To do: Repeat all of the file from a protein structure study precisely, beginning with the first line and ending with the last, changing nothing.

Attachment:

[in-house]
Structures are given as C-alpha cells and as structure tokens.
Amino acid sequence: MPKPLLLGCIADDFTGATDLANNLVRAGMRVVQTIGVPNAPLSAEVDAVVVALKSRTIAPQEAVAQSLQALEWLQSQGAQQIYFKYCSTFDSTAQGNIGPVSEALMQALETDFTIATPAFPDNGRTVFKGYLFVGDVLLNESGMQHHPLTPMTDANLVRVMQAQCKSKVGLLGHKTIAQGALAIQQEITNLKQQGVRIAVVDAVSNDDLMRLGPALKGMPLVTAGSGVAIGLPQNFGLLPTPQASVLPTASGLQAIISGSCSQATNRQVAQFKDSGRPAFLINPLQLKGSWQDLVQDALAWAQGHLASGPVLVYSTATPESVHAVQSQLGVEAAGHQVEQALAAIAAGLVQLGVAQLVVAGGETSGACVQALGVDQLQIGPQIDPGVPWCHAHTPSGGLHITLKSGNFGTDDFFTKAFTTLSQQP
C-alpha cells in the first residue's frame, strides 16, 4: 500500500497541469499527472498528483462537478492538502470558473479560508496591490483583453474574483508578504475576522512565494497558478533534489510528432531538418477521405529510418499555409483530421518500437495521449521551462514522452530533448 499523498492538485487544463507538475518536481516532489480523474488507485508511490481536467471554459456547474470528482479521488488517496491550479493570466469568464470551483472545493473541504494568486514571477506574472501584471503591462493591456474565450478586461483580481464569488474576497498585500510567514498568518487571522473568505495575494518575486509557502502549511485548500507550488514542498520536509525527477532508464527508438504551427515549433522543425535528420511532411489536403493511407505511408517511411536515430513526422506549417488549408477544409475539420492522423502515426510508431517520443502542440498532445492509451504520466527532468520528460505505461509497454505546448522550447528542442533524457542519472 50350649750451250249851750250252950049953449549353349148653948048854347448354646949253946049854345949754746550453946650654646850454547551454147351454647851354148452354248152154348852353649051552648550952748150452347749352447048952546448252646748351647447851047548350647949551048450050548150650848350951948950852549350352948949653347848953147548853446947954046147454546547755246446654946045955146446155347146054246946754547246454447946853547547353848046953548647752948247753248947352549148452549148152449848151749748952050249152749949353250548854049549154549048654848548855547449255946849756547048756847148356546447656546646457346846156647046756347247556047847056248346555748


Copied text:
[in-house]
Structures are given as C-alpha cells and as structure tokens.
Amino acid sequence: MPKPLLLGCIADDFTGATDLANNLVRAGMRVVQTIGVPNAPLSAEVDAVVVALKSRTIAPQEAVAQSLQALEWLQSQGAQQIYFKYCSTFDSTAQGNIGPVSEALMQALETDFTIATPAFPDNGRTVFKGYLFVGDVLLNESGMQHHPLTPMTDANLVRVMQAQCKSKVGLLGHKTIAQGALAIQQEITNLKQQGVRIAVVDAVSNDDLMRLGPALKGMPLVTAGSGVAIGLPQNFGLLPTPQASVLPTASGLQAIISGSCSQATNRQVAQFKDSGRPAFLINPLQLKGSWQDLVQDALAWAQGHLASGPVLVYSTATPESVHAVQSQLGVEAAGHQVEQALAAIAAGLVQLGVAQLVVAGGETSGACVQALGVDQLQIGPQIDPGVPWCHAHTPSGGLHITLKSGNFGTDDFFTKAFTTLSQQP
C-alpha cells in the first residue's frame, strides 16, 4: 500500500497541469499527472498528483462537478492538502470558473479560508496591490483583453474574483508578504475576522512565494497558478533534489510528432531538418477521405529510418499555409483530421518500437495521449521551462514522452530533448 499523498492538485487544463507538475518536481516532489480523474488507485508511490481536467471554459456547474470528482479521488488517496491550479493570466469568464470551483472545493473541504494568486514571477506574472501584471503591462493591456474565450478586461483580481464569488474576497498585500510567514498568518487571522473568505495575494518575486509557502502549511485548500507550488514542498520536509525527477532508464527508438504551427515549433522543425535528420511532411489536403493511407505511408517511411536515430513526422506549417488549408477544409475539420492522423502515426510508431517520443502542440498532445492509451504520466527532468520528460505505461509497454505546448522550447528542442533524457542519472 50350649750451250249851750250252950049953449549353349148653948048854347448354646949253946049854345949754746550453946650654646850454547551454147351454647851354148452354248152154348852353649051552648550952748150452347749352447048952546448252646748351647447851047548350647949551048450050548150650848350951948950852549350352948949653347848953147548853446947954046147454546547755246446654946045955146446155347146054246946754547246454447946853547547353848046953548647752948247753248947352549148452549148152449848151749748952050249152749949353250548854049549154549048654848548855547449255946849756547048756847148356546447656546646457346846156647046756347247556047847056248346555748